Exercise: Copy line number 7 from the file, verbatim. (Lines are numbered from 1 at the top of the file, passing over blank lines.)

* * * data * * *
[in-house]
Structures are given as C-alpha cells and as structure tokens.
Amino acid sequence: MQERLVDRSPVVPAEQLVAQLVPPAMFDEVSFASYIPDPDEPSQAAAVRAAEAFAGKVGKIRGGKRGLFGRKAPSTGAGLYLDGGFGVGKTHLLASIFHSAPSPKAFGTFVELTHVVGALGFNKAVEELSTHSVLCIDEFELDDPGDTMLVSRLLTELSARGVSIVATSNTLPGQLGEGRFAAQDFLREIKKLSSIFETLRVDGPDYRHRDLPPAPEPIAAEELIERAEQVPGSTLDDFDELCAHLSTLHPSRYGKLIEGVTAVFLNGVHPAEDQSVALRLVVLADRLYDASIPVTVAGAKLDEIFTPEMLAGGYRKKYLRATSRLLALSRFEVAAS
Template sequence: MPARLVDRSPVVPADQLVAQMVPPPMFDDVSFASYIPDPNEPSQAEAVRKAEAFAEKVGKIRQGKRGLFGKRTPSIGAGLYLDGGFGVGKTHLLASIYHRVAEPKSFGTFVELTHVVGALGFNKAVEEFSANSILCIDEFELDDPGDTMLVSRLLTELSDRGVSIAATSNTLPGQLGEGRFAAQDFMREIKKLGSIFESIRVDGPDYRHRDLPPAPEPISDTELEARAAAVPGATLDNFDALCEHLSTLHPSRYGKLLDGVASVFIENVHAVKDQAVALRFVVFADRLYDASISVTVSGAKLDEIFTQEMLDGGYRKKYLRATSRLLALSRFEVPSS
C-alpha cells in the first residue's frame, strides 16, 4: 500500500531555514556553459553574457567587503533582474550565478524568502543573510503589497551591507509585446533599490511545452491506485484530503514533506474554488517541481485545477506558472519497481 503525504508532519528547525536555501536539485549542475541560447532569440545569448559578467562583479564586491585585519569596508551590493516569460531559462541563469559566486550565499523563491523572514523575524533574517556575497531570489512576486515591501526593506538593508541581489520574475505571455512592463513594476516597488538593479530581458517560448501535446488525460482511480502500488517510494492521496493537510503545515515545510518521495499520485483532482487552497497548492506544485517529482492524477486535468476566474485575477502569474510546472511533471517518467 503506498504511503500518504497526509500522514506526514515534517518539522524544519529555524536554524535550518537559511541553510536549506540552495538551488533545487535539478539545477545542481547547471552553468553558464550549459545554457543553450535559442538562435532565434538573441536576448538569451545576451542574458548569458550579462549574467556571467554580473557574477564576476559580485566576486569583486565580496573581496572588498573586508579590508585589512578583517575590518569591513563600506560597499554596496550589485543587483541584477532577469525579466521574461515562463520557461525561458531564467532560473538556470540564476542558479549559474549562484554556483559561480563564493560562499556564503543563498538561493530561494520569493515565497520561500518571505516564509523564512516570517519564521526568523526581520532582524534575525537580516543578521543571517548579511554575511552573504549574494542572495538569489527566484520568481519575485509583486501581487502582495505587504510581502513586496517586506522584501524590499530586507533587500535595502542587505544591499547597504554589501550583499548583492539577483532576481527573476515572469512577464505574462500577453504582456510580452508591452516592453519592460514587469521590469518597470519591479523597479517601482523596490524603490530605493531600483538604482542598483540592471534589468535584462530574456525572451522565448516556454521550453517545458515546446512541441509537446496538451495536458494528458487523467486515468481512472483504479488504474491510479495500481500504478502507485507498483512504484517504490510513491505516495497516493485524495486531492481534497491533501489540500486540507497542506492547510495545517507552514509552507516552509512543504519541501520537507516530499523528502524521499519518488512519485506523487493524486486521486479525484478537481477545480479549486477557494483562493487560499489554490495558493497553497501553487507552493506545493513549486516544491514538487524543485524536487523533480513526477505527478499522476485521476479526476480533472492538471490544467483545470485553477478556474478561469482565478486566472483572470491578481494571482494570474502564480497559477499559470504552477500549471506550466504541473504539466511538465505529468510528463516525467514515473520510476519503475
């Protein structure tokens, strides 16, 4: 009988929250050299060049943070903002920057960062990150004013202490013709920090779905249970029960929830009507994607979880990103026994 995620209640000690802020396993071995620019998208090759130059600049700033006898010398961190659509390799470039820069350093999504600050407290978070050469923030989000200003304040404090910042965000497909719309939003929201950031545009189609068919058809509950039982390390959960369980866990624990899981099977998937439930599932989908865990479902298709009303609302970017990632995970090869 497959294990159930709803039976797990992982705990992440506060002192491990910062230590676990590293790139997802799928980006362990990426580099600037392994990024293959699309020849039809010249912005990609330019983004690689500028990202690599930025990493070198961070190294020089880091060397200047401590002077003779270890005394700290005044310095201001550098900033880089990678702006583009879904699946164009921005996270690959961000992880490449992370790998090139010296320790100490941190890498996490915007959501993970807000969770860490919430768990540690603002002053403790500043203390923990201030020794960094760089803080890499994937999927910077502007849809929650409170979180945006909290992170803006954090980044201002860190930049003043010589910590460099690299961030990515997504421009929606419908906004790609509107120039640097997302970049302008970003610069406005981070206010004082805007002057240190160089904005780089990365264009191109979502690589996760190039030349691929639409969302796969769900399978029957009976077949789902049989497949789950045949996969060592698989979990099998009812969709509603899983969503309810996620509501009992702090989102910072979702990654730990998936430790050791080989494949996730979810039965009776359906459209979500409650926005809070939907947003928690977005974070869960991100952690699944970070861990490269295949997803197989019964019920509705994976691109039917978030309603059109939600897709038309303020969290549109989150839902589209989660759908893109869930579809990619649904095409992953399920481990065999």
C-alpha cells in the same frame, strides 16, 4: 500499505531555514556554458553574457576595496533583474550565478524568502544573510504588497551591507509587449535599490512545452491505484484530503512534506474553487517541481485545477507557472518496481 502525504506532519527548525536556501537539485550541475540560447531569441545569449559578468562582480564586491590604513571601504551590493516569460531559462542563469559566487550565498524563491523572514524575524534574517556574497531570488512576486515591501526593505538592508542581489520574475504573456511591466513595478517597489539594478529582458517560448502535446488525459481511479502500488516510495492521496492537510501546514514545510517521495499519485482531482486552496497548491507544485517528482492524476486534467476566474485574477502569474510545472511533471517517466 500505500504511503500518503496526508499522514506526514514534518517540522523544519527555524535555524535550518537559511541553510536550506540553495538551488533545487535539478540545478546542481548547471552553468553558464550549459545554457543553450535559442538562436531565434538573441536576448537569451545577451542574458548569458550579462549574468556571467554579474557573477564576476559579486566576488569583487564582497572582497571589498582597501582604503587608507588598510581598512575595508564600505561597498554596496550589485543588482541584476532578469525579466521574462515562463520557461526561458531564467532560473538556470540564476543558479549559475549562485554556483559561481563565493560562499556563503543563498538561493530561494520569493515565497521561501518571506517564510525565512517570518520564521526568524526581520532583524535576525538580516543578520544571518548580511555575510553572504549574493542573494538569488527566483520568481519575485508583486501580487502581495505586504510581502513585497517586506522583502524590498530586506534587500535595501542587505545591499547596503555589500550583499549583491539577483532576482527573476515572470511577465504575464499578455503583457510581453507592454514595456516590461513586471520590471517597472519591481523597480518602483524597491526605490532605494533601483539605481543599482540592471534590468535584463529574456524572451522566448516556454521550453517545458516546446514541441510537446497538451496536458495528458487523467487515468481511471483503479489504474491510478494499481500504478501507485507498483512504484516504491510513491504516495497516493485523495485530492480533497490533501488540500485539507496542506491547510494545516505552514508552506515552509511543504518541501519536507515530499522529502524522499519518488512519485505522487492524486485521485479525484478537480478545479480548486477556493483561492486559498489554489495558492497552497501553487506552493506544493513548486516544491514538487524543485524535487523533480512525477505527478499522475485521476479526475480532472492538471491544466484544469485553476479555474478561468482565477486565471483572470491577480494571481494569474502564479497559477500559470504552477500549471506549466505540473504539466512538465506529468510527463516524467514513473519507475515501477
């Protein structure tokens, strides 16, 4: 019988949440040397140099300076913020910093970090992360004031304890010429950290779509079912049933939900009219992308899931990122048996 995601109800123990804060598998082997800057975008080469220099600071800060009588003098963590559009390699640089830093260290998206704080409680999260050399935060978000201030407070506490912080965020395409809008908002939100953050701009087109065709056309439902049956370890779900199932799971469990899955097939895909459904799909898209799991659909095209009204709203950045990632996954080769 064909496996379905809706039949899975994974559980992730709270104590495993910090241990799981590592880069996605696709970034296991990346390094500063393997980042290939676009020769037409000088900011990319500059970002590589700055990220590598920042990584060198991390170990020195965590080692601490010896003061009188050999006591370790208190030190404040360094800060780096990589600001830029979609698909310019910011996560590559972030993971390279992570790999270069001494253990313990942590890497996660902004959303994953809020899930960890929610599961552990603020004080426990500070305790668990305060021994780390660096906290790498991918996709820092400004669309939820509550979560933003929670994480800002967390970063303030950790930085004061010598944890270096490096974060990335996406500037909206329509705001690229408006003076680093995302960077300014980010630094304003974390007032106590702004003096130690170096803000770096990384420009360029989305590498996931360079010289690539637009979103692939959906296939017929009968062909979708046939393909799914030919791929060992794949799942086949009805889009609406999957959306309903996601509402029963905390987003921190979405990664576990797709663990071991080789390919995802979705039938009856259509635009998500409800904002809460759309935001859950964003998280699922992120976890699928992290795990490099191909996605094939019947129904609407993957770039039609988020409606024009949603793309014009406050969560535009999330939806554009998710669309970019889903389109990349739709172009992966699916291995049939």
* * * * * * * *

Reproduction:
C-alpha cells in the same frame, strides 16, 4: 500499505531555514556554458553574457576595496533583474550565478524568502544573510504588497551591507509587449535599490512545452491505484484530503512534506474553487517541481485545477507557472518496481 502525504506532519527548525536556501537539485550541475540560447531569441545569449559578468562582480564586491590604513571601504551590493516569460531559462542563469559566487550565498524563491523572514524575524534574517556574497531570488512576486515591501526593505538592508542581489520574475504573456511591466513595478517597489539594478529582458517560448502535446488525459481511479502500488516510495492521496492537510501546514514545510517521495499519485482531482486552496497548491507544485517528482492524476486534467476566474485574477502569474510545472511533471517517466 500505500504511503500518503496526508499522514506526514514534518517540522523544519527555524535555524535550518537559511541553510536550506540553495538551488533545487535539478540545478546542481548547471552553468553558464550549459545554457543553450535559442538562436531565434538573441536576448537569451545577451542574458548569458550579462549574468556571467554579474557573477564576476559579486566576488569583487564582497572582497571589498582597501582604503587608507588598510581598512575595508564600505561597498554596496550589485543588482541584476532578469525579466521574462515562463520557461526561458531564467532560473538556470540564476543558479549559475549562485554556483559561481563565493560562499556563503543563498538561493530561494520569493515565497521561501518571506517564510525565512517570518520564521526568524526581520532583524535576525538580516543578520544571518548580511555575510553572504549574493542573494538569488527566483520568481519575485508583486501580487502581495505586504510581502513585497517586506522583502524590498530586506534587500535595501542587505545591499547596503555589500550583499549583491539577483532576482527573476515572470511577465504575464499578455503583457510581453507592454514595456516590461513586471520590471517597472519591481523597480518602483524597491526605490532605494533601483539605481543599482540592471534590468535584463529574456524572451522566448516556454521550453517545458516546446514541441510537446497538451496536458495528458487523467487515468481511471483503479489504474491510478494499481500504478501507485507498483512504484516504491510513491504516495497516493485523495485530492480533497490533501488540500485539507496542506491547510494545516505552514508552506515552509511543504518541501519536507515530499522529502524522499519518488512519485505522487492524486485521485479525484478537480478545479480548486477556493483561492486559498489554489495558492497552497501553487506552493506544493513548486516544491514538487524543485524535487523533480512525477505527478499522475485521476479526475480532472492538471491544466484544469485553476479555474478561468482565477486565471483572470491577480494571481494569474502564479497559477500559470504552477500549471506549466505540473504539466512538465506529468510527463516524467514513473519507475515501477